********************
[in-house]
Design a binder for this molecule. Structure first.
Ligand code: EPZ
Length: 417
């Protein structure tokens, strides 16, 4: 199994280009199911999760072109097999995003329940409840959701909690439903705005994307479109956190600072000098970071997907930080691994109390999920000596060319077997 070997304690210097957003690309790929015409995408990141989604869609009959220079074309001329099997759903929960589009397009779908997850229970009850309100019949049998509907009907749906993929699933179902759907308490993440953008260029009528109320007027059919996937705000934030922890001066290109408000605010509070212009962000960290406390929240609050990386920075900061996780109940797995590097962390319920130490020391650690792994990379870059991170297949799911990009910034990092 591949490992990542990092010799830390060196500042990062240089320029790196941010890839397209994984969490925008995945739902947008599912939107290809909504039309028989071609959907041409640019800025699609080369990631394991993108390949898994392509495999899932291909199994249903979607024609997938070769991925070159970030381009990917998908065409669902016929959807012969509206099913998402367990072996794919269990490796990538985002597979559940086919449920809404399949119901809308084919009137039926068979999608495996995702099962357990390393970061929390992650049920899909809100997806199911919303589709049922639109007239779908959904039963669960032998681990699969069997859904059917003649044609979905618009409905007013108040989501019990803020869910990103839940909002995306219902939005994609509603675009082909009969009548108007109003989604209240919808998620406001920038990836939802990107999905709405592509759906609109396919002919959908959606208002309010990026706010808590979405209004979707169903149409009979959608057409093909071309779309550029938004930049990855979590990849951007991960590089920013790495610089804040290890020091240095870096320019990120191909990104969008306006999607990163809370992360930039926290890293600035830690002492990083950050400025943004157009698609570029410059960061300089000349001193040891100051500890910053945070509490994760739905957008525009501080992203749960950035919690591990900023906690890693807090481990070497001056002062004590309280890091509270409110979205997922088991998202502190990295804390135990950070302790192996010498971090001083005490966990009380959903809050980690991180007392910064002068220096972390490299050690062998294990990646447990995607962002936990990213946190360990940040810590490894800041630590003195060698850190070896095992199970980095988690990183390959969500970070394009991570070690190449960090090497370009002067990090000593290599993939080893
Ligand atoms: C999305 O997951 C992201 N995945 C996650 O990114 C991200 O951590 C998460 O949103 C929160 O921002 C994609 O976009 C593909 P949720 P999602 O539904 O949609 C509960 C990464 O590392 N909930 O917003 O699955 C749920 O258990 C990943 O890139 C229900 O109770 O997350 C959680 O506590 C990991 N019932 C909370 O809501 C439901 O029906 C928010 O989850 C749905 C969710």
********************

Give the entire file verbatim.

[in-house]
Design a binder for this molecule. Structure first.
Ligand code: EPZ
Length: 417
């Protein structure tokens, strides 16, 4: 199994280009199911999760072109097999995003329940409840959701909690439903705005994307479109956190600072000098970071997907930080691994109390999920000596060319077997 070997304690210097957003690309790929015409995408990141989604869609009959220079074309001329099997759903929960589009397009779908997850229970009850309100019949049998509907009907749906993929699933179902759907308490993440953008260029009528109320007027059919996937705000934030922890001066290109408000605010509070212009962000960290406390929240609050990386920075900061996780109940797995590097962390319920130490020391650690792994990379870059991170297949799911990009910034990092 591949490992990542990092010799830390060196500042990062240089320029790196941010890839397209994984969490925008995945739902947008599912939107290809909504039309028989071609959907041409640019800025699609080369990631394991993108390949898994392509495999899932291909199994249903979607024609997938070769991925070159970030381009990917998908065409669902016929959807012969509206099913998402367990072996794919269990490796990538985002597979559940086919449920809404399949119901809308084919009137039926068979999608495996995702099962357990390393970061929390992650049920899909809100997806199911919303589709049922639109007239779908959904039963669960032998681990699969069997859904059917003649044609979905618009409905007013108040989501019990803020869910990103839940909002995306219902939005994609509603675009082909009969009548108007109003989604209240919808998620406001920038990836939802990107999905709405592509759906609109396919002919959908959606208002309010990026706010808590979405209004979707169903149409009979959608057409093909071309779309550029938004930049990855979590990849951007991960590089920013790495610089804040290890020091240095870096320019990120191909990104969008306006999607990163809370992360930039926290890293600035830690002492990083950050400025943004157009698609570029410059960061300089000349001193040891100051500890910053945070509490994760739905957008525009501080992203749960950035919690591990900023906690890693807090481990070497001056002062004590309280890091509270409110979205997922088991998202502190990295804390135990950070302790192996010498971090001083005490966990009380959903809050980690991180007392910064002068220096972390490299050690062998294990990646447990995607962002936990990213946190360990940040810590490894800041630590003195060698850190070896095992199970980095988690990183390959969500970070394009991570070690190449960090090497370009002067990090000593290599993939080893
Ligand atoms: C999305 O997951 C992201 N995945 C996650 O990114 C991200 O951590 C998460 O949103 C929160 O921002 C994609 O976009 C593909 P949720 P999602 O539904 O949609 C509960 C990464 O590392 N909930 O917003 O699955 C749920 O258990 C990943 O890139 C229900 O109770 O997350 C959680 O506590 C990991 N019932 C909370 O809501 C439901 O029906 C928010 O989850 C749905 C969710």